Is there a way to check the tach with the only instrument I have, The VOM? At this stage I can't even get 1 rpm that I can tell, so checking it for accuracy isn't the issue right now. I would just like to know if this gauge can even display a reading at all. I wouldn't try to check the tach itself for continuity outside of the lighting circuit (that I checked and it is good, so ground is working there) for fear of smoking some component on the circuit board. If I know how to safely check the tach for a continuous circuit I will.
That's about it right now. I have to scoot out for a class on rigging we have to take every few years. Always something new to learn.
Thank you again most sincerely Paul.
Chris

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Paul
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Re: Diesel Tach Not Working

Postby Paul » Fri Jan 12, 2018 12:21 am

Chris - -

The 1.630 on the 1k scale would be 1630 ohms, I think and should be fine. Measuring the resistance at the tach is a good idea, but not with the engine running as the tach sender puts out a couple of volts and this will mess up the ohmmeter. Do the same with the engine off and you should get 1.630k ohms as before. However, with the engine running you should be able to measure the signal voltage at the tach. Put the VOM on AC volts and you should see about 0.5 volts or more and this will increase as the engine speeds up.

The sender ground through the engine block is probably OK, although not the best way as it is subject to more noise getting mixed into the sender signal.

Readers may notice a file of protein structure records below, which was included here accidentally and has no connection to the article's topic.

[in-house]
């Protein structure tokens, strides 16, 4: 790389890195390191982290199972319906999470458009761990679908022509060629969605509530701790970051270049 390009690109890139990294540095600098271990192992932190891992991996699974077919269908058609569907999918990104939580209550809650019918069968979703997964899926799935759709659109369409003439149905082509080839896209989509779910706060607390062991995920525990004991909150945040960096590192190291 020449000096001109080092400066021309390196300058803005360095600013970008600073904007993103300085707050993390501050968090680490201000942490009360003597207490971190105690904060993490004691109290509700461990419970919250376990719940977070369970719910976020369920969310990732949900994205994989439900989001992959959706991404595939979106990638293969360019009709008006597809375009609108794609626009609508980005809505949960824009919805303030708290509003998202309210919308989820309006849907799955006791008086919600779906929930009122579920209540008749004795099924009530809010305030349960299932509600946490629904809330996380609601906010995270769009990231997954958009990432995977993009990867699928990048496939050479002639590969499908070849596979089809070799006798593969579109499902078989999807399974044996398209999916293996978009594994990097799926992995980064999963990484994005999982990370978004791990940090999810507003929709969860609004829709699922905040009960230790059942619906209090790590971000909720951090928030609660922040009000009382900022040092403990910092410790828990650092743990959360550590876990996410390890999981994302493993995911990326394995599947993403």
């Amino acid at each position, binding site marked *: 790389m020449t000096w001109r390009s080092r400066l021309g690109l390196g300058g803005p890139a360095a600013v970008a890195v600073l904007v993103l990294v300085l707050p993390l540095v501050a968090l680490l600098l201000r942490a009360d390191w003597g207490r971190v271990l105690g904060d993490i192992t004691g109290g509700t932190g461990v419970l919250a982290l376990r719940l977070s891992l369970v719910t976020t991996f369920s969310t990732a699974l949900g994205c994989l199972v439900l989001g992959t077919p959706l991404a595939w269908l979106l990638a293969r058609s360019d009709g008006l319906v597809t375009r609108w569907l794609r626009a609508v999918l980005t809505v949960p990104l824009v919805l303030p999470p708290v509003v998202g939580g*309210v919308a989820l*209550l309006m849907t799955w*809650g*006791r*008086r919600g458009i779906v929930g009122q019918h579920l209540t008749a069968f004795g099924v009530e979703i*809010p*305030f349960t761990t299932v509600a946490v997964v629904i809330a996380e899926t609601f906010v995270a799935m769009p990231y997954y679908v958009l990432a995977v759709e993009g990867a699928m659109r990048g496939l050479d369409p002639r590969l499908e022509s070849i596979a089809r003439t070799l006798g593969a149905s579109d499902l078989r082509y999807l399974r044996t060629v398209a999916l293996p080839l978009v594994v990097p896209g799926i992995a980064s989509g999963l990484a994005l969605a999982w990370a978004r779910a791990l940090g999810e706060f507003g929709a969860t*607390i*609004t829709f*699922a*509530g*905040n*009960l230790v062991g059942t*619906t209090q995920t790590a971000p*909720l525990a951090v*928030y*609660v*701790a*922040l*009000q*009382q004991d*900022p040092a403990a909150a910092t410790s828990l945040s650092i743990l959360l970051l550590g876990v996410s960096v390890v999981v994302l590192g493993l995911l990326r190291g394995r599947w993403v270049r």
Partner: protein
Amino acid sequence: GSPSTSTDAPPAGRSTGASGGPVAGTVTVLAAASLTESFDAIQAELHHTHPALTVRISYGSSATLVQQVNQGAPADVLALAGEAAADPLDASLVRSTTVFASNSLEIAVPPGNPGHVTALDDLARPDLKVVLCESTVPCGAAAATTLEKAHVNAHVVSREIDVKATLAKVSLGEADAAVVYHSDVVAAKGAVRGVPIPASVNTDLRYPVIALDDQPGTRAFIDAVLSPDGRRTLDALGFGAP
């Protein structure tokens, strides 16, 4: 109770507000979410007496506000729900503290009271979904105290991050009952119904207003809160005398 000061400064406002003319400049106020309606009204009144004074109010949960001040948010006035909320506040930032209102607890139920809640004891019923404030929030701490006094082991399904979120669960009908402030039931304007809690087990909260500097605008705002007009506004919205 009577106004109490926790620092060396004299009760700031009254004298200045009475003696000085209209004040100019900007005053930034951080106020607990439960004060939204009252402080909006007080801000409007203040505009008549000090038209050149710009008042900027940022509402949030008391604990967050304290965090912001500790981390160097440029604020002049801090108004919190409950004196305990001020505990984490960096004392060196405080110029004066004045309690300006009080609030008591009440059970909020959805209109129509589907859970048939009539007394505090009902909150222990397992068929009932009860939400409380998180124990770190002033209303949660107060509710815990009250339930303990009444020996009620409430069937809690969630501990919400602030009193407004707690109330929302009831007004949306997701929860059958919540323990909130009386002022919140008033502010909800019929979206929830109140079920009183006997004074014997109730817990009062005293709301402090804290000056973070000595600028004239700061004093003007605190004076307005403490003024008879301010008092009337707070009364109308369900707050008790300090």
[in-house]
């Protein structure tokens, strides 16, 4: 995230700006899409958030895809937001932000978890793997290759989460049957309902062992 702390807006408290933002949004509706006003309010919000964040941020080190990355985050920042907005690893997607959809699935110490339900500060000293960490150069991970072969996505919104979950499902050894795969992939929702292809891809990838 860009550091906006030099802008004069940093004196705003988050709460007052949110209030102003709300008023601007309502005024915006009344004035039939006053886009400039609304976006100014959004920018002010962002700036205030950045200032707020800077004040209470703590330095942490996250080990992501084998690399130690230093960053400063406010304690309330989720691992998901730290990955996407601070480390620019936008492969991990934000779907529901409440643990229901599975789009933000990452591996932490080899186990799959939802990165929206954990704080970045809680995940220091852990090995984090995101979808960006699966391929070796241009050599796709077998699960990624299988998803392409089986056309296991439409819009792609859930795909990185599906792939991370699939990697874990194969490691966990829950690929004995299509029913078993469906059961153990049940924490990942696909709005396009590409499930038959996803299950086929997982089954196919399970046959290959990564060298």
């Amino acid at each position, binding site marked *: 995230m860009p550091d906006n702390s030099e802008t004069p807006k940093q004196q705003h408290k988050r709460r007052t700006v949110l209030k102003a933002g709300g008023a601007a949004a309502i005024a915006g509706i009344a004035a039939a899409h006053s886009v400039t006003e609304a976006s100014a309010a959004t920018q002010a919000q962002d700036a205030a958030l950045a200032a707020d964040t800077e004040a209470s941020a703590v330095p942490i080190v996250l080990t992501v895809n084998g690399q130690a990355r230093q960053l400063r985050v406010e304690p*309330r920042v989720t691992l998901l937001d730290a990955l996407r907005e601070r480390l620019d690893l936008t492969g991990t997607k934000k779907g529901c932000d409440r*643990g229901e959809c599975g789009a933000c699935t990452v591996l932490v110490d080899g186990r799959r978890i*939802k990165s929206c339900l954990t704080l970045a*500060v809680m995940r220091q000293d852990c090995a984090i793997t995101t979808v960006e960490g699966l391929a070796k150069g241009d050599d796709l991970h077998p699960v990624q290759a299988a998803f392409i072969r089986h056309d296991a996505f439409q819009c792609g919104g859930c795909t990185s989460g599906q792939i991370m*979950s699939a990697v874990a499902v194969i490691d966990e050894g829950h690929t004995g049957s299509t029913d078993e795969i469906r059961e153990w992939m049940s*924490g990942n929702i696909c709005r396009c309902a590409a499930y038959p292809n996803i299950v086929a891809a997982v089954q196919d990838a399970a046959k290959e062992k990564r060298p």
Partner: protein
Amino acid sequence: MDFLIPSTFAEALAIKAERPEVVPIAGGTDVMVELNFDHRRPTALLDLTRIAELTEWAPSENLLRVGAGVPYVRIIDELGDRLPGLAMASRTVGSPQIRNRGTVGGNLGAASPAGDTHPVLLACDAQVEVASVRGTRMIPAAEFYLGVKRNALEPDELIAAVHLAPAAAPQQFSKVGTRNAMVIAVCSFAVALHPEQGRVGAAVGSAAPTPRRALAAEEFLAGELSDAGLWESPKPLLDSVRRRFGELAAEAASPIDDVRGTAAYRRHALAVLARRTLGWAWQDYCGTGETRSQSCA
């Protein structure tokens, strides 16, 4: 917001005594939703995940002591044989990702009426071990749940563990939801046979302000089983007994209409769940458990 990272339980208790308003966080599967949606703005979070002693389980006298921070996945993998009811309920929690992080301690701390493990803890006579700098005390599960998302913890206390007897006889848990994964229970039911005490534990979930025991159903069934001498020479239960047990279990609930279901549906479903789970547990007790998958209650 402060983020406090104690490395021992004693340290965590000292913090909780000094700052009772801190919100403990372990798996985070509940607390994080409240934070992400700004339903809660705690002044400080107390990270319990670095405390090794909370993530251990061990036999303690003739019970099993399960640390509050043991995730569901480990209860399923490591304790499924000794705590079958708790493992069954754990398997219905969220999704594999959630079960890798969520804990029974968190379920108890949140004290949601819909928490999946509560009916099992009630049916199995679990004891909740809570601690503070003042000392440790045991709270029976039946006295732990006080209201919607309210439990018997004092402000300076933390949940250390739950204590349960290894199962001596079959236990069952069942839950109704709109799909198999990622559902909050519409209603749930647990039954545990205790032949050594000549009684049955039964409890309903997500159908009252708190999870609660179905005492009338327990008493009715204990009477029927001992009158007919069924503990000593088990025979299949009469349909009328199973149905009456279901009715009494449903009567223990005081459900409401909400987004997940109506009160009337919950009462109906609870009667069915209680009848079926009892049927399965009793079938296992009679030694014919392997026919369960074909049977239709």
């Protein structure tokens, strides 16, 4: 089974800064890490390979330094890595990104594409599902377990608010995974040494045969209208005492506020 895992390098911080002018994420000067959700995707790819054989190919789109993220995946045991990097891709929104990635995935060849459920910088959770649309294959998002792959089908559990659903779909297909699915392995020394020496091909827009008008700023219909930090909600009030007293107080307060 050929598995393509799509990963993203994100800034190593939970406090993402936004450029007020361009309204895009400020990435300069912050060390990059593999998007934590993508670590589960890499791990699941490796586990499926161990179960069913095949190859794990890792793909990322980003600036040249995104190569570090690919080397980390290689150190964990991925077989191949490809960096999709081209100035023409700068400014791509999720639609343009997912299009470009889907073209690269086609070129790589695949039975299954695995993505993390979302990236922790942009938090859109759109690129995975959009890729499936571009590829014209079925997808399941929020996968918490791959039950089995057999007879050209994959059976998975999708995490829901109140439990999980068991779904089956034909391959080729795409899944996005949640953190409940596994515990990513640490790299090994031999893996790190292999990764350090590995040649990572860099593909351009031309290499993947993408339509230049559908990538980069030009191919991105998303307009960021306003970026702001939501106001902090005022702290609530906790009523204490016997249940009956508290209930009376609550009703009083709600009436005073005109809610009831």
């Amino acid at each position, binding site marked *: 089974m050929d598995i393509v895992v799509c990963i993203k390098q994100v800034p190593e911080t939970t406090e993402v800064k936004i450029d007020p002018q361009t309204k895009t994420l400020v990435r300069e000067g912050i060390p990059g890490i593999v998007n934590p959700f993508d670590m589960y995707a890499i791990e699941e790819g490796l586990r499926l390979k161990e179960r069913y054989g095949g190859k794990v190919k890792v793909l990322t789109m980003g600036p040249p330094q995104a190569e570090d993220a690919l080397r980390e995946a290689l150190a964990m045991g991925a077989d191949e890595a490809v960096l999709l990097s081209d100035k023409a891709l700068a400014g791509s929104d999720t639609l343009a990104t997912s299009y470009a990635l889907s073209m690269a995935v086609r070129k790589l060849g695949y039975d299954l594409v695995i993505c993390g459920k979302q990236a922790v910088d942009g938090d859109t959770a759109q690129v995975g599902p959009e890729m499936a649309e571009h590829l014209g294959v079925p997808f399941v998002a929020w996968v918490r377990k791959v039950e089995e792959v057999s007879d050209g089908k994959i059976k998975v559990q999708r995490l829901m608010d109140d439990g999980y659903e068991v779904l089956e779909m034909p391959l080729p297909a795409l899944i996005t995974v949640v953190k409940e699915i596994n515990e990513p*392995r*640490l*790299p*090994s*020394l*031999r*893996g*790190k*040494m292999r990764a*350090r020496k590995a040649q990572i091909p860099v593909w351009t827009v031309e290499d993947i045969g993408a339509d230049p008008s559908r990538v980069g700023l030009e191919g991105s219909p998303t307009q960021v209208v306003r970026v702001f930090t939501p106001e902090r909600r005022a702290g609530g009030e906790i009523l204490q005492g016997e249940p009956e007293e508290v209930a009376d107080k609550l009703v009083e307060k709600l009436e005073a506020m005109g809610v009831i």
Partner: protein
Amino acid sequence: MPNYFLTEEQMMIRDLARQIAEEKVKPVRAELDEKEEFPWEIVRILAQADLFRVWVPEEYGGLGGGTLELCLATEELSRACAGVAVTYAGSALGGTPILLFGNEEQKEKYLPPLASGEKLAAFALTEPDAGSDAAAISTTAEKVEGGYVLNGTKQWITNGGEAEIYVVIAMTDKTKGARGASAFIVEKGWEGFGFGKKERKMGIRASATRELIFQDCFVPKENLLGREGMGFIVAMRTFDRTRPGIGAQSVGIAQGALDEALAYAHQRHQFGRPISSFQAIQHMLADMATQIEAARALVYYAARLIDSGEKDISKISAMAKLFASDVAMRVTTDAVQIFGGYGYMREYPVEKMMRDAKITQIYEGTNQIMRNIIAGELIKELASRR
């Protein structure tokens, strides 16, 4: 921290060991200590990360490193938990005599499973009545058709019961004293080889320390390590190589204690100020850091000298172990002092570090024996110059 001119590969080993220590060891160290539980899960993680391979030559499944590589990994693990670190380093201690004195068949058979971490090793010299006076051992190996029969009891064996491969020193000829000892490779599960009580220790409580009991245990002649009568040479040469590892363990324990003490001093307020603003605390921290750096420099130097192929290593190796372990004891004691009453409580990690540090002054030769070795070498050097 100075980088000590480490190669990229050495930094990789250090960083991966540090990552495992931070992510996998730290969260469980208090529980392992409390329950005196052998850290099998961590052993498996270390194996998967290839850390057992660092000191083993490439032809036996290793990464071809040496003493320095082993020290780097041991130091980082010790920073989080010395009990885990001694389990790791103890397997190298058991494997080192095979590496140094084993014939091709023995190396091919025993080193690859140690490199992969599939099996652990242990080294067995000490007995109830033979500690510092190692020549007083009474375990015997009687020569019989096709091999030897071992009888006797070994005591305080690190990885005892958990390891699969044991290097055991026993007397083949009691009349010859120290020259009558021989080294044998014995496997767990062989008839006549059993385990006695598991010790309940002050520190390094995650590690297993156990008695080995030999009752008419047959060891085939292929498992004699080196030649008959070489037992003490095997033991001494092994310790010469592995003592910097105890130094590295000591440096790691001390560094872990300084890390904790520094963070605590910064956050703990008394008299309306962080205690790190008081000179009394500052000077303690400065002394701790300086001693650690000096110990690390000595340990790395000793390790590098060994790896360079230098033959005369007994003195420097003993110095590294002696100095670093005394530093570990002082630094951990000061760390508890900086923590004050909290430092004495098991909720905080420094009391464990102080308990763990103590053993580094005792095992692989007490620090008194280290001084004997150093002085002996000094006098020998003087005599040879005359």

At this point it does look like your tach unit is not working. I do not know of a way to check it with only a VOM. Checking it will require an oscillator (to produce the sender signal) and the 12V power. Also, if it is not working an oscilloscope along with the circuit diagram is needed.

Keep us posted - -

Paul
'84 P'UP 2 wd diesel, 5 spd with 0.78 fifth gear and differential back to 3.73.

2zuzus
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Re: Diesel Tach Not Working

Postby 2zuzus » Fri Jan 12, 2018 8:35 am

Greetings Paul,
Thank you once again for your reply and insights.
I will check the signal voltage at the tach today as per your instructions, and hopefully eliminate another possible problem.
At this stage I will hold off on the direct ground, but if I, scratch that, if someone get it working, I will definitely run that wire.
I have been scratching my head trying to think how on earth I can get this tachometer itself checked out, and the light bulb finally went on. The fellow I bought my USED VOM from was/is, (hold on to your hat because this is a bit archaic), a TV repairman. Yup, no kidding. Better yet, he's a straight shooter, because everything I have ever bought from him at his garage sales has been exactly as he said it would be.
I will contact him and see if he would be willing to check this out. I had already printed off your 1st reply and will do the same with this last one.
Is there any other info you have that I could pass on to this fellow that would help diagnostically, specs. or what-have-you? Seems like you have provided it already. This time, however, and hopefully, it will be seen by someone with a clear understanding of it, unlike myself.